Archives and catalogues
In this session you are introduced to the basic principles of cataloguing and archiving material and taken on a tour of the University Archive.
By the end of this session you will be able to:
- Explain the difference between collections and archives
- Explain the difference between a catalogue and an index
- Explain the importance of consistency in naming and numbering
- Mark up and reference the material in your archive resource pack appropriately.
Archive or collection?
It is important to look at the context/content/provenance to determine whether it is an archive or a catalogue.
[Juliet Vine's notes]
What is the difference?
A collection is a group of items that are put together, but have no external context. (E.g. a collection of shoes is simply a collection when they have no other items with them) An archive is a group of items that are put with other items that put it into a wider context. If there are other things that go with this collection of items, these items then have a context and become part of an archive. (E.g. If the collection of shoes are put with other items).
Naming and Numbering
The collection name needs to be kept fairly simple but needs to be meaningful. It is important that it bears relation to the collection. Keep a standardized and controlled vocabulary for naming and describing (so you can use the same terms throughout). There are various ways of writing names so do check with authorities so you can incorporate the correct and appropriate way of naming places/people/items.
The numbering system also needs to be kept fairly simple so it is easy to understand, and each item needs to have a unique identifier. Whether it is a collection or an archive effects the way you catalogue the information. A collection you simply number. With an archive you have sets of items, which requires you to an archival numbering system. There are several numbering systems that you can use: · Sequential numbering (0001)/ Faceted numbering (01/01)/ Alphanumeric numbering (K1003105) When dealing with a large number of items it is important to remember leading zeros!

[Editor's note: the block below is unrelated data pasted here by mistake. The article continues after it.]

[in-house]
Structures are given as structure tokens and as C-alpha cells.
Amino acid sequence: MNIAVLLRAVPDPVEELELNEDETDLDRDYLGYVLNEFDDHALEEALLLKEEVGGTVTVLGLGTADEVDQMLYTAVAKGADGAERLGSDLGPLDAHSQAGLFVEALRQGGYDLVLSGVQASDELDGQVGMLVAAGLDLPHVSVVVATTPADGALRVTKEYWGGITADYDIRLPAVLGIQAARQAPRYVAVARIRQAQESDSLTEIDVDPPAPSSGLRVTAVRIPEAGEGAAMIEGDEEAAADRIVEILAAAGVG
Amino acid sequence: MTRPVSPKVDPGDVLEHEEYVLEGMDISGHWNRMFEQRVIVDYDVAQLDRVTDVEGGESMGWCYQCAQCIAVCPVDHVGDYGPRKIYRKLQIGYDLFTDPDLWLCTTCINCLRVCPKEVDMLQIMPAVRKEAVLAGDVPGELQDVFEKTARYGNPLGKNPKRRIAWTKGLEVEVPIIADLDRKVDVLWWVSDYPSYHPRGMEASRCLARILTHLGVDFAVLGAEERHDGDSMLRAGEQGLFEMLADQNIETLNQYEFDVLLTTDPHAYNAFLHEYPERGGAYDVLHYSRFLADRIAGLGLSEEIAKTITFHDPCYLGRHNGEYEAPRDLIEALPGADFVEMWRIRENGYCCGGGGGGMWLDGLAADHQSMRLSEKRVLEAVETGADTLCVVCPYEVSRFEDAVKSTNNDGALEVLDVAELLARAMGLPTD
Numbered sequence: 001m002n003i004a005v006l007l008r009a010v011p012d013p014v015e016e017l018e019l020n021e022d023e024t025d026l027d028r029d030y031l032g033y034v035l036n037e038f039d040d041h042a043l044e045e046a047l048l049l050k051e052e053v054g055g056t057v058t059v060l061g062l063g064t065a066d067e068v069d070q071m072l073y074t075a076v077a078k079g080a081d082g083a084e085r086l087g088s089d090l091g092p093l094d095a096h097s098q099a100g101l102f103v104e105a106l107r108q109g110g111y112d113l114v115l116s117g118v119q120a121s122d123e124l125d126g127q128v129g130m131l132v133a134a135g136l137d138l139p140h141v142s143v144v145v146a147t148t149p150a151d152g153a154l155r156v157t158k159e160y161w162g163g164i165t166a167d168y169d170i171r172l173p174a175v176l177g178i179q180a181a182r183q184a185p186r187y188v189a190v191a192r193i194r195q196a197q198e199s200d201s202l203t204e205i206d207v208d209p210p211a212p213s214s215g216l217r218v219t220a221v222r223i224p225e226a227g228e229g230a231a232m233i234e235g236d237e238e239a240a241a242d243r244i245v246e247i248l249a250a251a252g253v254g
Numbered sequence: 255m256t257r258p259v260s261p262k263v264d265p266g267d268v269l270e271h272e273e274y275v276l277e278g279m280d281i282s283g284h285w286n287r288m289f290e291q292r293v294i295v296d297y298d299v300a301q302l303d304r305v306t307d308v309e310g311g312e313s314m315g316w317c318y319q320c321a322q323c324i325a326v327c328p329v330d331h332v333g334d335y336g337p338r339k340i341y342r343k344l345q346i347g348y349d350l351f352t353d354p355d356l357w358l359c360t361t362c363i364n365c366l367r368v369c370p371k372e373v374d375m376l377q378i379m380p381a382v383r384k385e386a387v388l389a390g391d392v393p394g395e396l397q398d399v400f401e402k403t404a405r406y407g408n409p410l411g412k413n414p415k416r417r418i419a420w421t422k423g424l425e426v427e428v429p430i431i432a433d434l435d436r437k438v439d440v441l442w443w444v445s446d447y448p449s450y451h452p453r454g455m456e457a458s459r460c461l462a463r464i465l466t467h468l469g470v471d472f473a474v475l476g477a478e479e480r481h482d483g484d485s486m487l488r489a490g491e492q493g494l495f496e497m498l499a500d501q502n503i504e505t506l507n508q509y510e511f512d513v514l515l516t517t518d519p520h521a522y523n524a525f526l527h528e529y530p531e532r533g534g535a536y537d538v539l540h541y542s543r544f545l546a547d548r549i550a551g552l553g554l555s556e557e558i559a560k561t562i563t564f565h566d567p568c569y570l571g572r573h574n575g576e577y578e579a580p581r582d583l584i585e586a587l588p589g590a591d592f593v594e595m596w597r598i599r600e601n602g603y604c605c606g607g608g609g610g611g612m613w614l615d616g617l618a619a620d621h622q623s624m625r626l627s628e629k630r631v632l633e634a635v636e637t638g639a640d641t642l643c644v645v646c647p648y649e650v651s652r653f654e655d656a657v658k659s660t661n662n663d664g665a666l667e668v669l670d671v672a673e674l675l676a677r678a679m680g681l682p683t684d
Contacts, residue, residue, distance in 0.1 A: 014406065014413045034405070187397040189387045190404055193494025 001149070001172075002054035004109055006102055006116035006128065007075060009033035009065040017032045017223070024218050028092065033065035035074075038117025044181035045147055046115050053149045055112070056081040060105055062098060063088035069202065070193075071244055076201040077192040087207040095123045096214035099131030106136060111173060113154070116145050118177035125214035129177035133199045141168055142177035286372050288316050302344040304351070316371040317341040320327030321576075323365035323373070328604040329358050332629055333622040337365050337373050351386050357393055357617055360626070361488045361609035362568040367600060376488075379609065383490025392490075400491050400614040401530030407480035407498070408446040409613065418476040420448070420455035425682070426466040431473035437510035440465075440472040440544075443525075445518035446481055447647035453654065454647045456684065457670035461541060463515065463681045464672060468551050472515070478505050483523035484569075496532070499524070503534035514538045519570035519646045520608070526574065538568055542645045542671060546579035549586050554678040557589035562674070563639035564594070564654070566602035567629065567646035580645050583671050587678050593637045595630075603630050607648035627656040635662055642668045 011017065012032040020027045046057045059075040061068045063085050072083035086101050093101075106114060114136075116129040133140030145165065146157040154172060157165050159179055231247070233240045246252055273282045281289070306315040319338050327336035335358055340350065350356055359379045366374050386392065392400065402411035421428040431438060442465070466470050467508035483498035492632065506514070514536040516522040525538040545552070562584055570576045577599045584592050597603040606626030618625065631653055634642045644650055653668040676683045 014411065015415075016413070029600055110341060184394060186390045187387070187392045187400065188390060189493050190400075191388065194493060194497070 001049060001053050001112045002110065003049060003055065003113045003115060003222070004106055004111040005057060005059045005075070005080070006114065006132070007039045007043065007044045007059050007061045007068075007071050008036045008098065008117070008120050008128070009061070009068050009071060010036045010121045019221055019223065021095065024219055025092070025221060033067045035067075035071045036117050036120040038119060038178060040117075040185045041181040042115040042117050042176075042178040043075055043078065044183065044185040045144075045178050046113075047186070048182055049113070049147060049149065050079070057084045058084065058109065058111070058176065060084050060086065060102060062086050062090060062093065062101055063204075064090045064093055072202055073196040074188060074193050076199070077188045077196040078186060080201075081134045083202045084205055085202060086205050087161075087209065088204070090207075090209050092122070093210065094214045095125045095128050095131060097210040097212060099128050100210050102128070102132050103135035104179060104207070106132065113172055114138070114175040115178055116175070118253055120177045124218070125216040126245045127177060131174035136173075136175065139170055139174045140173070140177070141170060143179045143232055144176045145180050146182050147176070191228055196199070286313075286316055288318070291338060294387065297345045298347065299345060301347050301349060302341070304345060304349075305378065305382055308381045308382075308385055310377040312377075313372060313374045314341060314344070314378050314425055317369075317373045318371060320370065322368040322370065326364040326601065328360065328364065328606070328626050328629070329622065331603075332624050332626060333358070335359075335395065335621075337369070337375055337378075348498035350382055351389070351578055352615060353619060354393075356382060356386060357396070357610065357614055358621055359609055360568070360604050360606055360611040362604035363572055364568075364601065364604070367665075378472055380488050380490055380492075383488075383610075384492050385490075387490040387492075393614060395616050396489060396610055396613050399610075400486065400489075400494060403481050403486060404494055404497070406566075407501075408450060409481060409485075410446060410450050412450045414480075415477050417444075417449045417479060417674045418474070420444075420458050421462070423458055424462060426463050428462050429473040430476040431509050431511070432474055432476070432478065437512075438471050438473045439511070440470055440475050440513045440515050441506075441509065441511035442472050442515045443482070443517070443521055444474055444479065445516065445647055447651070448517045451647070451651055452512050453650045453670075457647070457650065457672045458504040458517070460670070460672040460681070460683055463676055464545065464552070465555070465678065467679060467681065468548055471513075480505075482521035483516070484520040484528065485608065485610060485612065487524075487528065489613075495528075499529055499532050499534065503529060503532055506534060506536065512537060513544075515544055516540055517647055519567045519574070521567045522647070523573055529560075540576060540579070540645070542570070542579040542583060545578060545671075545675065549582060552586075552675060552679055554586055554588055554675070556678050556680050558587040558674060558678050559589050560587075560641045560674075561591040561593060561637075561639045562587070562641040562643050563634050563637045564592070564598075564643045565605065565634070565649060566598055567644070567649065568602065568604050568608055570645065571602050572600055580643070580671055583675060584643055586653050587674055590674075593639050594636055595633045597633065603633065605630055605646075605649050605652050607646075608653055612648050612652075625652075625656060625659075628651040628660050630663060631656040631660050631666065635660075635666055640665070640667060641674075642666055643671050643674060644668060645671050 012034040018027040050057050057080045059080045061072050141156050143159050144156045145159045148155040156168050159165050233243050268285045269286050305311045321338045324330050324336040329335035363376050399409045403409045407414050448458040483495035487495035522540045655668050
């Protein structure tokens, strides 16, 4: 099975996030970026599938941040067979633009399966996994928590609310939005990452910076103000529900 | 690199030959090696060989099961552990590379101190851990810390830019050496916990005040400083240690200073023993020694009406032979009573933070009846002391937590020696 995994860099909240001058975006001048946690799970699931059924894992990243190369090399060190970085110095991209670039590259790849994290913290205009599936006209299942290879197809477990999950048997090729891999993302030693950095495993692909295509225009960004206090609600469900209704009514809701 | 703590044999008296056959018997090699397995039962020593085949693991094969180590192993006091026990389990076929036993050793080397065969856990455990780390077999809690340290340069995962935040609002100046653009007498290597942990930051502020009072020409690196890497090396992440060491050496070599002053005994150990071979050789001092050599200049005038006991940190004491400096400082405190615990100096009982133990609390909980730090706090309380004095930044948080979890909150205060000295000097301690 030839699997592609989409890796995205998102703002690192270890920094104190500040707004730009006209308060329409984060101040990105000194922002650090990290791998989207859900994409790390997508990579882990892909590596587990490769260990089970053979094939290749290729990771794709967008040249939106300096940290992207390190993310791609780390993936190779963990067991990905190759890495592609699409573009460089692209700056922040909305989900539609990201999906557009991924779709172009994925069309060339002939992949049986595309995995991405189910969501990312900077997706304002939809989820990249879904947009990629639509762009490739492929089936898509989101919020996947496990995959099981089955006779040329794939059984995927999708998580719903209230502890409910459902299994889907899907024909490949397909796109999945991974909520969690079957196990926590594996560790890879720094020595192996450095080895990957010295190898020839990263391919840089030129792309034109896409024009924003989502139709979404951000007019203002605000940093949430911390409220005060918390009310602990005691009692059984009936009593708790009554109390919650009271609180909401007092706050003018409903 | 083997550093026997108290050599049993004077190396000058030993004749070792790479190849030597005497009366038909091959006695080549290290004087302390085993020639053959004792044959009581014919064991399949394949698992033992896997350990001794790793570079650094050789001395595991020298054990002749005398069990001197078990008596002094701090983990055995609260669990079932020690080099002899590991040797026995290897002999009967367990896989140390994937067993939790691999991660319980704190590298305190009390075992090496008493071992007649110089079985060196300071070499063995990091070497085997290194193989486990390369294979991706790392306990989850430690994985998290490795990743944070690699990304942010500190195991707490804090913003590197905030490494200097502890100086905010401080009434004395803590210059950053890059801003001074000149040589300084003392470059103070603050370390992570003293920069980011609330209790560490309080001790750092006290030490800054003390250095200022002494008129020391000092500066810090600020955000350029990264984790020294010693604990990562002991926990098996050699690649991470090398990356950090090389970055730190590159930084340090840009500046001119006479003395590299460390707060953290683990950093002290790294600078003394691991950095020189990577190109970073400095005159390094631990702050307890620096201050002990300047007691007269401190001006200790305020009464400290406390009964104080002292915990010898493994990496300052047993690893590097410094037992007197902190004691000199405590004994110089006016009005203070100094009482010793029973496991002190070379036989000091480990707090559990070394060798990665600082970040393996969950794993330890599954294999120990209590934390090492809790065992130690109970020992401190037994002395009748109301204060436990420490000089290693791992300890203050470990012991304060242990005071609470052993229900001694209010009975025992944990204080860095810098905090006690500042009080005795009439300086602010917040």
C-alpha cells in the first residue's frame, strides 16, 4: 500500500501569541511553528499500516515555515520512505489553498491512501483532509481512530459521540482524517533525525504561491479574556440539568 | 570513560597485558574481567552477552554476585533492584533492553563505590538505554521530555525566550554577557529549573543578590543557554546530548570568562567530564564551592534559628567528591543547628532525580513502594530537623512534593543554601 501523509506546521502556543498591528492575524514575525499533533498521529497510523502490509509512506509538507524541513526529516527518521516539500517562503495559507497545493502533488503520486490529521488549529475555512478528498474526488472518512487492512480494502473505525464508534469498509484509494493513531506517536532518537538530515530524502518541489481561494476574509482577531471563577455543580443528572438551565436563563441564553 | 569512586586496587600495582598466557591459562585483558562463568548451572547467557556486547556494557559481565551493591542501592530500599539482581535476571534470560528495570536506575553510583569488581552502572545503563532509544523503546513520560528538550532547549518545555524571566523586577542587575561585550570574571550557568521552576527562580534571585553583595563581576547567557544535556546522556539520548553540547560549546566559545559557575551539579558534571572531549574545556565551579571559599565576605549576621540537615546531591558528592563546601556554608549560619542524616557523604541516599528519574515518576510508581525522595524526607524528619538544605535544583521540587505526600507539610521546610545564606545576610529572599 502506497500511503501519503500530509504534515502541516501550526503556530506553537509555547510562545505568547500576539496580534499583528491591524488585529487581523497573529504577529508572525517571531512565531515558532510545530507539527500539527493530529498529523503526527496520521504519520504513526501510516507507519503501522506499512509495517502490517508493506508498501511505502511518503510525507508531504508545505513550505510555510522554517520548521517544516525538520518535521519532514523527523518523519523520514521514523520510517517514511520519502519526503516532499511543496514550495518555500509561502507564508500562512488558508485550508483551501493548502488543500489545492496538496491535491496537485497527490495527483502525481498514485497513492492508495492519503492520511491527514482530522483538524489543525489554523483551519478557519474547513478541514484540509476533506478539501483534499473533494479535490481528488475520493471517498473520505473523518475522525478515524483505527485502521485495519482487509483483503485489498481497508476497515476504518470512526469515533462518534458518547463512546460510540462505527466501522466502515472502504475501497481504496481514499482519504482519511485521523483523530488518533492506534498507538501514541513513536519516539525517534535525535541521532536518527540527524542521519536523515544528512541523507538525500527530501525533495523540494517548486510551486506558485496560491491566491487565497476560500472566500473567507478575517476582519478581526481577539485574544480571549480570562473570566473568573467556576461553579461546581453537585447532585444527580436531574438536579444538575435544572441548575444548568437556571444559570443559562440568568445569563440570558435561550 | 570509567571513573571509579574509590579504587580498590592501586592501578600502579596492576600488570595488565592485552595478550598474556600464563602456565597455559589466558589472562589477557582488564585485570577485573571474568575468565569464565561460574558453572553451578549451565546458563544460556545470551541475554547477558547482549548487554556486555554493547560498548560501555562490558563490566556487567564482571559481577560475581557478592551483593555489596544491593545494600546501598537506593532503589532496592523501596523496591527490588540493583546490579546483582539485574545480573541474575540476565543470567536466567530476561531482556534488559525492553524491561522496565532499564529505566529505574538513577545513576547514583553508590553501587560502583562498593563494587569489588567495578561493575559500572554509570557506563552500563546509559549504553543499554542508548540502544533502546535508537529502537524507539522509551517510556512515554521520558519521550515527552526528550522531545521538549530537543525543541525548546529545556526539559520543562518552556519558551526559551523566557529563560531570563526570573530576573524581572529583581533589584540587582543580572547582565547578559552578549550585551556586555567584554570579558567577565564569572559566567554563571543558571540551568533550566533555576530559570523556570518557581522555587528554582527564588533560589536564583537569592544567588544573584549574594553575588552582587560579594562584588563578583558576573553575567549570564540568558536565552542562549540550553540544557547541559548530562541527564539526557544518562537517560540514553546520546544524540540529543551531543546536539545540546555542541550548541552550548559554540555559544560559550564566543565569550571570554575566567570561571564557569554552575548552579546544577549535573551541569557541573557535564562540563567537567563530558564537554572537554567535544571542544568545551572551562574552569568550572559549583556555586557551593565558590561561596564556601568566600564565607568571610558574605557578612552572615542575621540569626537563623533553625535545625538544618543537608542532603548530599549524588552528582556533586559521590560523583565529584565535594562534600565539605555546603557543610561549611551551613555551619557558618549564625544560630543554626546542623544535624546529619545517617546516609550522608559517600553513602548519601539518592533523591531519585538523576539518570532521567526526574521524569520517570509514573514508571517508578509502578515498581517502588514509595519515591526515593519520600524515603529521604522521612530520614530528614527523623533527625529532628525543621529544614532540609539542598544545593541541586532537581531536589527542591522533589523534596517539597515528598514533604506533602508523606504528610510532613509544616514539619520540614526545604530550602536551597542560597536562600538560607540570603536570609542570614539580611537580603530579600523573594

With an image catalogue you must record the image content as well as recording it’s original format (35mm film/colour slide/glass neg.), as well as its surrogate format (how you created it and what can be done with it).
The importance of consistency
You need to make a choice with how you are going to enter the information on your database and you need to stick with it the whole way through.
To see the presentation from this session follow this link File:Catalogics.ppt
Working with your selection of material from the archive, decide how you are going to catalogue it, then apply your cataloguing system to all of your objects to create a digital catalogue in a spreadsheet package such as Microsoft Excel.
Follow this link to the PRDA Contents page to return to the module contents.
Back to the MA: Photographic History Main Page to return to the Course contents.